If you mention the name “Bordeaux” to wine lovers, don’t be surprised if their eyes glaze over and their salivary glands get to work like those of Pavlov’s slobbering dogs. Because you see, for wine enthusiasts Bordeaux is rather special. Any red wine from the Bordeaux region used to be called “claret” in Britain, regardless of its origin or pedigree. The British have used this word for the last three hundred years yet today it’s unknown in France. It’s always pronounced “cla-rett” and never, as some nitwit once told me, “cla-ray”. I suppose the word will eventually join the mausoleum of other defunct but delightful English words along with hobgoblin, postilion, whirligig and quagswagging, which in case you’re wondering, means shaking something to and fro. My parents always used to speak of “listening to the wireless” and avoided the word “radio” as though it was slightly vulgar. Future generations will probably regard anyone who talks about “the wireless” as faintly dotty if not actually barking mad.
So what can I tell you about Bordeaux that you don’t already know? Well, Bordeaux is in France. Of course, you knew that. Even my dogs know that. I suppose Pavlov’s dogs knew that too. Furthermore, Bordeaux is almost half way between the North Pole and the Equator. To be more precise, it’s two-thirds of the way down France’s Atlantic coast and the city of Bordeaux lies on the 44th parallel along with Minneapolis and Montreal.
The Atlantic Ocean and the rivers Gironde and Dordogne, together with the warming effect of the Gulf Stream have a significant impact the climate of Bordeaux. The name itself is a contraction of the French expression au bord de l’eau which translates roughly as “next to the waters”. They’ve been making wine there since the 8th century and today this region of 400 square miles is home to ten thousand wine producers. Bordeaux wine is available at all levels of quality and price. The prices of top quality Bordeaux wine vary from year to year depending on the weather and therefore the quality of the vintage. For example, the years 1961, 1982, 1990, 2000 and 2009 produced superb wine while the 1991 and 1992 vintages were a complete washout.
We can’t talk about Bordeaux wine without mentioning the so-called 1855 Classification. It was created at the request of Napoleon III (the eponymous nephew of the famous one) who wanted to showcase Bordeaux wine at the 1855 Paris World Exhibition. Local experts ranked what they considered the Top Sixty reds of the Gironde region of Bordeaux in order of importance from first growths (or cru) to fifth growths. Surprisingly, the classification still holds today with only a few minor changes. Every wine professional knows this list of Grands Crus by heart. The five chateau named among the First Growths (Premiers Crus) include such illustrious names as Château Lafite Rothschild, Château Latour and Château Margaux which together produce some of the finest red wines in the world. When aged, they develop into sensational wines, each with its unique character.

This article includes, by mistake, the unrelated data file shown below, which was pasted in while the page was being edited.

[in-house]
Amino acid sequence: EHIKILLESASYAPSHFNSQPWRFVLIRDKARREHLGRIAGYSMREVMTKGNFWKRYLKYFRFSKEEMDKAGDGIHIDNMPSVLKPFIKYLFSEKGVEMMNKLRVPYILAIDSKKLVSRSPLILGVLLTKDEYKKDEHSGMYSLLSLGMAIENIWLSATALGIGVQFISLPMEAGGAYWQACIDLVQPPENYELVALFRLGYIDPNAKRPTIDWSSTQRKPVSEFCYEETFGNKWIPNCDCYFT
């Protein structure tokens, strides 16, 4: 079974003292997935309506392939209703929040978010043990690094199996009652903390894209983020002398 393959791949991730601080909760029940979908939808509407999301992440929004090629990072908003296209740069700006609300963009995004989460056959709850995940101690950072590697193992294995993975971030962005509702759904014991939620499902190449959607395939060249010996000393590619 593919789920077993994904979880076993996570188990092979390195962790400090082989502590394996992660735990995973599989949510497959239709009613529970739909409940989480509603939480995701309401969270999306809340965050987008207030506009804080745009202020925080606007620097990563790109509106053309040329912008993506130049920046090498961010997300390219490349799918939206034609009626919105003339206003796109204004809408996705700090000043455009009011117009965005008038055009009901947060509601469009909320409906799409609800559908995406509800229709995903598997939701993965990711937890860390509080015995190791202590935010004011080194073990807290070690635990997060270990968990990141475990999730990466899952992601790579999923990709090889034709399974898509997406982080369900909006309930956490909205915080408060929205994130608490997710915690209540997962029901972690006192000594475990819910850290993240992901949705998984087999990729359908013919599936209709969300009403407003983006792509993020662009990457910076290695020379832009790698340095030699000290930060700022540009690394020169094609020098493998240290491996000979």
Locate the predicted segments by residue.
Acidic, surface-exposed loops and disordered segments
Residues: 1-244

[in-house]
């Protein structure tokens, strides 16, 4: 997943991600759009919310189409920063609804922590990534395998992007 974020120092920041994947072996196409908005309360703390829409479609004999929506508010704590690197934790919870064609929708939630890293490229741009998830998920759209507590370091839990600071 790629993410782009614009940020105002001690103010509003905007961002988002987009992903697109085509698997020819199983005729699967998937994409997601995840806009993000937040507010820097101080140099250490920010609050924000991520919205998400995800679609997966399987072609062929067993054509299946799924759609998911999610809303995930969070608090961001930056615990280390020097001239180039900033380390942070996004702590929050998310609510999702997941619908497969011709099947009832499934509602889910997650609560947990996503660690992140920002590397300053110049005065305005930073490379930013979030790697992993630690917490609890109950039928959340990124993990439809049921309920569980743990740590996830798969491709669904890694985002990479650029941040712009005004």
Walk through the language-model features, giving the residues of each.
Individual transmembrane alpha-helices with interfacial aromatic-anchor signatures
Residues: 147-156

They don’t come cheap. For example, the UK price of a bottle of the year 2000 Ch. Latour is the equivalent of 39,000 baht and a bottle of Ch. Mouton Rothschild of the same year will set you back 88,000 baht. You can double these prices for Thailand. But because of the enormous world-wide demand, you would be hard-pressed to find any grand cru wines in this country except at the most exclusive places.
However, you don’t need to sell the family car (or the family) to buy a bottle of Bordeaux. The annual output is about 900 million bottles and apart from that tiny minority of grand cru wines, many of them are entry-level wines intended for everyday drinking and labeled either Bordeaux AOC (Appellation d’origine contrôlée) or Bordeaux Supérieur. The Bordeaux locals drink little else. You can easily find this style of wine in Thailand and the online companies Wine-Now.Asia and Wine Connection stock a decent selection of everyday Bordeaux starting at under Bt 1,000.
If you’ve never tasted Bordeaux, you might be wondering what to expect. Well, the signature grapes of Bordeaux are always Cabernet Sauvignon or Merlot. Many winemakers use a blend of these two grapes and nothing else. Sometimes other grapes are added to improve the blend, notably Cabernet Franc, Petit Verdot and Malbec. Good ordinary Bordeaux tends to be dry and firm-bodied with aromas of plum and blackcurrant. It’s restrained in style and is usually high in tannins giving it a firm structure. Sometimes there are touches of spice and hints of soft fruit but these are always subtle and the polar opposite to some of the Cabernet Sauvignon fruit bombs from Australia.
Many entry-level Bordeaux wines are labeled Château something-or-other giving the impression of a stately home surrounded by immaculate gardens and vineyards. This is merely a marketing ploy. A wine company can legally sell identical wines under different and totally fictitious châteaux names. It’s estimated that there are ten thousand château names in use today. The wine in a bottle of cheap Bordeaux may be perfectly good, but the picturesque château shown on the label probably doesn’t exist.